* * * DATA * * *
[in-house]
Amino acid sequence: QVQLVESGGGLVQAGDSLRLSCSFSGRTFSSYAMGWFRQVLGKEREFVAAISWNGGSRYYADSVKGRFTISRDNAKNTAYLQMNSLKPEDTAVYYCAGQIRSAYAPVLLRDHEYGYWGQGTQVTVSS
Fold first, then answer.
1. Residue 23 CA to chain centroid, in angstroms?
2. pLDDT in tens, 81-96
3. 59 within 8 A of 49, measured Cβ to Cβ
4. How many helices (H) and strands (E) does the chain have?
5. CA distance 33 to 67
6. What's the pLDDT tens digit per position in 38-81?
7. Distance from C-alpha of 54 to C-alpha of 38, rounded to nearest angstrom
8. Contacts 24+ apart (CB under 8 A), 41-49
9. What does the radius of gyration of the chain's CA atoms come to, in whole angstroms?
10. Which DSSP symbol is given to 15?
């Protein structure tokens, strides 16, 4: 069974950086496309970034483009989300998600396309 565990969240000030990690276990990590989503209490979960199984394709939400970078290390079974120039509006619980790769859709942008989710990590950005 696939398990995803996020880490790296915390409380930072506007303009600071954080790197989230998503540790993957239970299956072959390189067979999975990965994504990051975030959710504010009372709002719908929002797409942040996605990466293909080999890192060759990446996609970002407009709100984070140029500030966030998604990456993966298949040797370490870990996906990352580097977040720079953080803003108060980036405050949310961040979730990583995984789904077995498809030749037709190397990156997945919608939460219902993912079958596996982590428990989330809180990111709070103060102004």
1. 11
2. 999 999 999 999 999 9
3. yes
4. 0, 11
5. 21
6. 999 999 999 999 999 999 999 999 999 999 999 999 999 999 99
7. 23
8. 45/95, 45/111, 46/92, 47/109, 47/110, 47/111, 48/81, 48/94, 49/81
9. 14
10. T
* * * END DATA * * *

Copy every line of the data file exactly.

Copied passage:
[in-house]
Amino acid sequence: QVQLVESGGGLVQAGDSLRLSCSFSGRTFSSYAMGWFRQVLGKEREFVAAISWNGGSRYYADSVKGRFTISRDNAKNTAYLQMNSLKPEDTAVYYCAGQIRSAYAPVLLRDHEYGYWGQGTQVTVSS
Fold first, then answer.
1. Residue 23 CA to chain centroid, in angstroms?
2. pLDDT in tens, 81-96
3. 59 within 8 A of 49, measured Cβ to Cβ
4. How many helices (H) and strands (E) does the chain have?
5. CA distance 33 to 67
6. What's the pLDDT tens digit per position in 38-81?
7. Distance from C-alpha of 54 to C-alpha of 38, rounded to nearest angstrom
8. Contacts 24+ apart (CB under 8 A), 41-49
9. What does the radius of gyration of the chain's CA atoms come to, in whole angstroms?
10. Which DSSP symbol is given to 15?
């Protein structure tokens, strides 16, 4: 069974950086496309970034483009989300998600396309 565990969240000030990690276990990590989503209490979960199984394709939400970078290390079974120039509006619980790769859709942008989710990590950005 696939398990995803996020880490790296915390409380930072506007303009600071954080790197989230998503540790993957239970299956072959390189067979999975990965994504990051975030959710504010009372709002719908929002797409942040996605990466293909080999890192060759990446996609970002407009709100984070140029500030966030998604990456993966298949040797370490870990996906990352580097977040720079953080803003108060980036405050949310961040979730990583995984789904077995498809030749037709190397990156997945919608939460219902993912079958596996982590428990989330809180990111709070103060102004």
1. 11
2. 999 999 999 999 999 9
3. yes
4. 0, 11
5. 21
6. 999 999 999 999 999 999 999 999 999 999 999 999 999 999 99
7. 23
8. 45/95, 45/111, 46/92, 47/109, 47/110, 47/111, 48/81, 48/94, 49/81
9. 14
10. T